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Ambien effects

Ambien (zolpidem) is a prescription drug use for treating sleep disorders. It  belongs to a class of medications called “sedative-hypnotics”. Ambien is usually taken for no longer than 3-4 weeks as it can trigger strong physical and psychological dependence if taken longer, especially if you use it outside the manufacturer and FDA’s recommendations.

Dependence on Ambien manifests as a compulsive need for Ambien to cope with everyday stress, despite its negative consequences which can vary from mild to pretty severe. In this article, we review the possible effects of Ambien use. At the end, we invite you to ask your questions about long term use of Ambien or post your comments about Ambien effects. We try to respond to all true inquiries with a personal and prompt reply.

Ambien effects on the body

Ambien affects the body in such a way that it relaxes muscles and slows down the motor skills thirty (30) minutes following administration. Furthermore, it can cause extreme weariness and lack of energy due to its highly sedative effects. That is why Ambien should only be ingested immediately before going to bed and never when driving or doing something that requires concentration or physical strength.

Some people abuse Ambien to get high or enhance the sedative effects of other drugs. However, the effects of combined cocktails on the body can be extremely dangerous, as the central nervous system depressant combination makes effects of both drugs stronger, leading to possible overdose or even death.

Ambien effects on the brain

Ambien slows down brain activity by enhancing the activity of gamma-aminobutyric acid (GABA), the result of which is a drowsy and calm state. While this drug is most of the time effective for people struggling with short term cases of insomnia (3 weeks or less), it can have adverse side effects on the long run. The use of Ambien has been associated with memory problems such as:

  • amnesia
  • short term memory loss
  • forgetfulness

However, the most dangerous side effect of Ambien to the brain is addiction, a brain disease caused by regular drug use. Addiction to Ambien can, in turn, can give rise to a plethora of side effects.

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Ambien effects on the mind

Ambien users have reported mind-altering effects such as visual and auditory hallucinations. The emergence of any such or similar effect requires urgent attention as it can be serious and life-threatening.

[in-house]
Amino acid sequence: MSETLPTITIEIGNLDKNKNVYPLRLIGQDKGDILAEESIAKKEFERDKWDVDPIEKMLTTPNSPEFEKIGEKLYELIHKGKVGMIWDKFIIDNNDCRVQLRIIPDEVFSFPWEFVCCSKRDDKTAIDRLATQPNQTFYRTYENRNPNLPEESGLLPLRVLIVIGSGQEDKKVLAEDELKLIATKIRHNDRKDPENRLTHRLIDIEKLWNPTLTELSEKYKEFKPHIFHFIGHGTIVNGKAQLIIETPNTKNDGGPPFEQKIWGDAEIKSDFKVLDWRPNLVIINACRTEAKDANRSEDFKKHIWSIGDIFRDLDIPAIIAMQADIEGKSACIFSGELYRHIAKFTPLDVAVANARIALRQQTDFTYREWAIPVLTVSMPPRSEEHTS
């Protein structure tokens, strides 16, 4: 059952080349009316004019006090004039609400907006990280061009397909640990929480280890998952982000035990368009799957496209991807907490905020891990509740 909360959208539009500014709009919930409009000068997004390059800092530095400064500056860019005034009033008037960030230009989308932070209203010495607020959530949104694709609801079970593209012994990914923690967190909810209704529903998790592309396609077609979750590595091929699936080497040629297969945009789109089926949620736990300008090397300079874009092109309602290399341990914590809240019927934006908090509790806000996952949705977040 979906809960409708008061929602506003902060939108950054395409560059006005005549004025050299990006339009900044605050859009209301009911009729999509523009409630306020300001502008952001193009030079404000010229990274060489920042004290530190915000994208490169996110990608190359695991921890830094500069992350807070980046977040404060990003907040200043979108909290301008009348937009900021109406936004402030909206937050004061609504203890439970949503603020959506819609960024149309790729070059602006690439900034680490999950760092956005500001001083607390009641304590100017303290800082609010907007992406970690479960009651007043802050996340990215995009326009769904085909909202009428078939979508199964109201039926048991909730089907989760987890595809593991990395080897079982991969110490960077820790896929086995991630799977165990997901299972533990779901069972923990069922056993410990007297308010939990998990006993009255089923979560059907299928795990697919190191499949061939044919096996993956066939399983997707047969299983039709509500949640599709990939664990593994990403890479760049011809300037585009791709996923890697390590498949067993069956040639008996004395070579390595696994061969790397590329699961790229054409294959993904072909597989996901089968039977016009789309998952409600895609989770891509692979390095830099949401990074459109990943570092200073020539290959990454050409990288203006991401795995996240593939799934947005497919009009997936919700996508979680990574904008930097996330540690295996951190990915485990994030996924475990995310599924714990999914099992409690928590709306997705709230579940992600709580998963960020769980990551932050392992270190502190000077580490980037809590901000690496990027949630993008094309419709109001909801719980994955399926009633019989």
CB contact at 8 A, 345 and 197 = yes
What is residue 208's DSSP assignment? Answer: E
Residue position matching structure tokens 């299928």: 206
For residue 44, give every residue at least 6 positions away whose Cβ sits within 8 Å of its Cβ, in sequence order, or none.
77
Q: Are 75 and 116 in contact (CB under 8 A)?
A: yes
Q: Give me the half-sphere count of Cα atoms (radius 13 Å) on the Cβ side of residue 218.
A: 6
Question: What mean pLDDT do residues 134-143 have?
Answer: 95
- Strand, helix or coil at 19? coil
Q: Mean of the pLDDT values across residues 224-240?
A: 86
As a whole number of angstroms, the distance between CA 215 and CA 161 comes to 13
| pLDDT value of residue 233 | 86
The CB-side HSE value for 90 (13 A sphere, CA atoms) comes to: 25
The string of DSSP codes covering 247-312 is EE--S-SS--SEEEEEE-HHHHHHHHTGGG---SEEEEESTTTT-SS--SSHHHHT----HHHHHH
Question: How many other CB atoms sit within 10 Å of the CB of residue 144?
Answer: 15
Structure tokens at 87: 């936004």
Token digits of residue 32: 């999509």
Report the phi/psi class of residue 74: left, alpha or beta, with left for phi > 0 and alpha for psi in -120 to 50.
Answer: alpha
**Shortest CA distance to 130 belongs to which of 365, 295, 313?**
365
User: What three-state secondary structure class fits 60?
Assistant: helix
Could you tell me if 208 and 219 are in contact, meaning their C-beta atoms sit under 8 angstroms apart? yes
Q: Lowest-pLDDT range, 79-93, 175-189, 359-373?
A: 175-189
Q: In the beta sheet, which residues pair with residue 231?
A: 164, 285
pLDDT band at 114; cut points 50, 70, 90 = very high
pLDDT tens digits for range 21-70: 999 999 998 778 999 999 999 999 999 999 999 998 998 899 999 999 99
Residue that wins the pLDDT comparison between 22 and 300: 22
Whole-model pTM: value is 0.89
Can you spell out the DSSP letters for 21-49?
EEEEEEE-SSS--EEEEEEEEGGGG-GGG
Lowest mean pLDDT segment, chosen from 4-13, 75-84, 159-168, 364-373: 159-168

Ambien effects on personality and behavior

Apart from its sedative effects, Ambien use has been associated with personality and behavioral changes, some of which make provoke dangerous situations. Doing something in a half-asleep state is a common occurrence and the person usually has no memory of having done something the following day. While not everyone experiences personality and behavioral changes, drinking alcohol while on Ambien can increase the risk of such disorders to occur, or intensify them if they are already present. Common effects of Ambien on personality include:

  • abnormal thinking
  • aggression
  • anxiety
  • confusion
  • depression
  • emotional instability
  • nervousness

Ambien effects on the heart

Ambien rarely affects the heart but when it does it could cause rapid, strong, or irregular heartbeat, heartburn and in seldom cases, a heart attack.

Ambien effects on blood pressure

Ambien can lower blood pressure, especially if taken in a higher dose. Cases of temporary loss of consciousness as a result of low blood pressure have been reported following Ambien use. Other possible effects include cerebrovascular disorder, hypertension and palpitation.

Ambien effects on the liver

While Ambien can help people if they have trouble sleeping over the short-term, it may not be the right medication for those diagnosed with a liver problem. More specifically, Ambien can damage the liver cells, cause abnormal hepatic function and increased SGPT (serum glutamic-pyruvic transaminase) and SGOT (serum glutamic-oxaloacetic transaminase). It is not recommended that people with liver problems use Ambien but if they insist, they MUST do so under a medical supervision.

Ambien effects on the lungs

Ambien can be quite damaging for the lungs, exposing a person the a risk of upper respiratory infections, respiratory depression an in rare cases respiratory failure. Other side effects that have been reported include:

  • bronchitis
  • dyspnea
  • epistaxis
  • hypoxia
  • laryngitis
  • pneumonia

Ambien effects on the nose, ears, and throat

Ambien may cause difficulty breathing, sore throat, runny and/or bleeding nose, inflammation of the sinuses, inflammation of the ear.

Ambien effects on eyes and pupils

Seeing double is a rather frequent occurrence for people taking Ambien,. Other ways in which Ambien affects the eyes is by causing eye irritations, eye pain, inflammation of the conjunctiva but these are less frequent.

Ambien effects on skin